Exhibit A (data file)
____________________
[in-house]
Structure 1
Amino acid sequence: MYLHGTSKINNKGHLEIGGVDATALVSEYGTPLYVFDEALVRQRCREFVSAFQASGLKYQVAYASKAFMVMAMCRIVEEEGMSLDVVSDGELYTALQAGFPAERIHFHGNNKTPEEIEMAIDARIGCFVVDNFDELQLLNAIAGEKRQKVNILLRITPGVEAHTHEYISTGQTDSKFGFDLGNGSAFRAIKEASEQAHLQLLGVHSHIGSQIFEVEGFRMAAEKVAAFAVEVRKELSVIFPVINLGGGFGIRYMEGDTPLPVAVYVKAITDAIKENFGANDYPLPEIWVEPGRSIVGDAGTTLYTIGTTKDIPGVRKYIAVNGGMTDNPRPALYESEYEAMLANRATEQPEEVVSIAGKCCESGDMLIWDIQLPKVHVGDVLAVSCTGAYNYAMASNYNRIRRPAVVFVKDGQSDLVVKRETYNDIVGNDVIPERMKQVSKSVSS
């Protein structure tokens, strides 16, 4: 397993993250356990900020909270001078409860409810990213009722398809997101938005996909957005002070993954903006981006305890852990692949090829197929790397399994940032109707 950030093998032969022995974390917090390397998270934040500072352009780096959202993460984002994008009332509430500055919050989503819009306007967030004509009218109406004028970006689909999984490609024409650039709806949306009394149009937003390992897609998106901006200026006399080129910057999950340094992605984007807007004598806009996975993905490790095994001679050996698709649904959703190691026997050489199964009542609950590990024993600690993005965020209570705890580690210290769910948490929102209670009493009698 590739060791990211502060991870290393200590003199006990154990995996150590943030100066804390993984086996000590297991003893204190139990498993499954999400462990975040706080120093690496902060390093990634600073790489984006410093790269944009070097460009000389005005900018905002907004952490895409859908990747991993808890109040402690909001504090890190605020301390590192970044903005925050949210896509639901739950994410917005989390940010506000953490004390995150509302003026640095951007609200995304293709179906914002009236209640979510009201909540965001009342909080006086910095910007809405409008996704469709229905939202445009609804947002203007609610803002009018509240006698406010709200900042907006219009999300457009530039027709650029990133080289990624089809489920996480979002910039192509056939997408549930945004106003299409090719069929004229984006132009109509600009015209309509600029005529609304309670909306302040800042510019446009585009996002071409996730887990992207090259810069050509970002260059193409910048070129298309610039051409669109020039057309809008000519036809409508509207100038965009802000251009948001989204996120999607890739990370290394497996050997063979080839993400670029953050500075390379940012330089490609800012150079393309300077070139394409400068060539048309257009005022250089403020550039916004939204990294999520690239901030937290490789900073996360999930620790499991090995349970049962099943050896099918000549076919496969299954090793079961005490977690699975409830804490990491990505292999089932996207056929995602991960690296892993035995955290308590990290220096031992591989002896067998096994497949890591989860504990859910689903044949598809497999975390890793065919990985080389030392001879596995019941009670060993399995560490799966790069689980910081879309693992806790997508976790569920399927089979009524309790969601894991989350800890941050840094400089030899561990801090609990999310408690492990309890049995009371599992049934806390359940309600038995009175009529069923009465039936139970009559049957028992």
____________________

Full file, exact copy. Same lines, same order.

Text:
[in-house]
Structure 1
Amino acid sequence: MYLHGTSKINNKGHLEIGGVDATALVSEYGTPLYVFDEALVRQRCREFVSAFQASGLKYQVAYASKAFMVMAMCRIVEEEGMSLDVVSDGELYTALQAGFPAERIHFHGNNKTPEEIEMAIDARIGCFVVDNFDELQLLNAIAGEKRQKVNILLRITPGVEAHTHEYISTGQTDSKFGFDLGNGSAFRAIKEASEQAHLQLLGVHSHIGSQIFEVEGFRMAAEKVAAFAVEVRKELSVIFPVINLGGGFGIRYMEGDTPLPVAVYVKAITDAIKENFGANDYPLPEIWVEPGRSIVGDAGTTLYTIGTTKDIPGVRKYIAVNGGMTDNPRPALYESEYEAMLANRATEQPEEVVSIAGKCCESGDMLIWDIQLPKVHVGDVLAVSCTGAYNYAMASNYNRIRRPAVVFVKDGQSDLVVKRETYNDIVGNDVIPERMKQVSKSVSS
């Protein structure tokens, strides 16, 4: 397993993250356990900020909270001078409860409810990213009722398809997101938005996909957005002070993954903006981006305890852990692949090829197929790397399994940032109707 950030093998032969022995974390917090390397998270934040500072352009780096959202993460984002994008009332509430500055919050989503819009306007967030004509009218109406004028970006689909999984490609024409650039709806949306009394149009937003390992897609998106901006200026006399080129910057999950340094992605984007807007004598806009996975993905490790095994001679050996698709649904959703190691026997050489199964009542609950590990024993600690993005965020209570705890580690210290769910948490929102209670009493009698 590739060791990211502060991870290393200590003199006990154990995996150590943030100066804390993984086996000590297991003893204190139990498993499954999400462990975040706080120093690496902060390093990634600073790489984006410093790269944009070097460009000389005005900018905002907004952490895409859908990747991993808890109040402690909001504090890190605020301390590192970044903005925050949210896509639901739950994410917005989390940010506000953490004390995150509302003026640095951007609200995304293709179906914002009236209640979510009201909540965001009342909080006086910095910007809405409008996704469709229905939202445009609804947002203007609610803002009018509240006698406010709200900042907006219009999300457009530039027709650029990133080289990624089809489920996480979002910039192509056939997408549930945004106003299409090719069929004229984006132009109509600009015209309509600029005529609304309670909306302040800042510019446009585009996002071409996730887990992207090259810069050509970002260059193409910048070129298309610039051409669109020039057309809008000519036809409508509207100038965009802000251009948001989204996120999607890739990370290394497996050997063979080839993400670029953050500075390379940012330089490609800012150079393309300077070139394409400068060539048309257009005022250089403020550039916004939204990294999520690239901030937290490789900073996360999930620790499991090995349970049962099943050896099918000549076919496969299954090793079961005490977690699975409830804490990491990505292999089932996207056929995602991960690296892993035995955290308590990290220096031992591989002896067998096994497949890591989860504990859910689903044949598809497999975390890793065919990985080389030392001879596995019941009670060993399995560490799966790069689980910081879309693992806790997508976790569920399927089979009524309790969601894991989350800890941050840094400089030899561990801090609990999310408690492990309890049995009371599992049934806390359940309600038995009175009529069923009465039936139970009559049957028992």